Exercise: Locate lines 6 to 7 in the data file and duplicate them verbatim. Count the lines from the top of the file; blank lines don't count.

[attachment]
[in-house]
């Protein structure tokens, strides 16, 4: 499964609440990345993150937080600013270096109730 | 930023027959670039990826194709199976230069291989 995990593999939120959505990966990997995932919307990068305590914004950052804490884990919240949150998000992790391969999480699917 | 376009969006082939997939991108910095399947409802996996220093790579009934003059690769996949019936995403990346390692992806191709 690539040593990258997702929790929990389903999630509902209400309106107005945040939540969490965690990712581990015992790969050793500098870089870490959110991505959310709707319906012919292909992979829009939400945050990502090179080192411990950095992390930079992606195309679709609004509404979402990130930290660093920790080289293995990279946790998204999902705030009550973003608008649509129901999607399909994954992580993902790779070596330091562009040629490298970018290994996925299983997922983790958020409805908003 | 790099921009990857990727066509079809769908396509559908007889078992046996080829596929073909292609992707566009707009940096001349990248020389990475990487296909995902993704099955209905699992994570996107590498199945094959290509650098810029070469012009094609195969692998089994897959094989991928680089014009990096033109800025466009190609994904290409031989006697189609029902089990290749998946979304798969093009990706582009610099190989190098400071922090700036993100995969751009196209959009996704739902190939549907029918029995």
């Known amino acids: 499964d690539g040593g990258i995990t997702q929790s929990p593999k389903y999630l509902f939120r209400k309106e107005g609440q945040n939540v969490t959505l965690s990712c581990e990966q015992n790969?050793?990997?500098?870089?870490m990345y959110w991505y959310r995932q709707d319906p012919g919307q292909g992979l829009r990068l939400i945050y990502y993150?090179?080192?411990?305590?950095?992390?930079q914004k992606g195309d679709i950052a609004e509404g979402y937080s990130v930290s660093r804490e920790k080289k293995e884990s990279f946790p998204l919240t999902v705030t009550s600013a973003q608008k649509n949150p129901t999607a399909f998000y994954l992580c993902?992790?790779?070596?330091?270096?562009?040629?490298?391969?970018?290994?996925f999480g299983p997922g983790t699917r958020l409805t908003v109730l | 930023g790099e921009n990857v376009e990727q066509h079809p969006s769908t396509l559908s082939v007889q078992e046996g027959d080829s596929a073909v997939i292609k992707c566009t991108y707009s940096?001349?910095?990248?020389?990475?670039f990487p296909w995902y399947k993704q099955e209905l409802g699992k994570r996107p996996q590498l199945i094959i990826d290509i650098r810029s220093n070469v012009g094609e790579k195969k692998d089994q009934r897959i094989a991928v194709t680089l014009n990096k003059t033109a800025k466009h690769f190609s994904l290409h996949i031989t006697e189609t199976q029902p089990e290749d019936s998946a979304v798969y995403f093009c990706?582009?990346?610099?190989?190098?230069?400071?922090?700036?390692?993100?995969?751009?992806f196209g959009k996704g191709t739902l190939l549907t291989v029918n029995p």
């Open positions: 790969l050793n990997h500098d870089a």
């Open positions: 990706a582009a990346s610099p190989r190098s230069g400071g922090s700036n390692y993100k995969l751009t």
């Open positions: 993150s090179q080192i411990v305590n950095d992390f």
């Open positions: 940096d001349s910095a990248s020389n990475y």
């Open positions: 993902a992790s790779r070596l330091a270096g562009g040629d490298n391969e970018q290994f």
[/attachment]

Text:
């Open positions: 993150s090179q080192i411990v305590n950095d992390f």
């Open positions: 940096d001349s910095a990248s020389n990475y």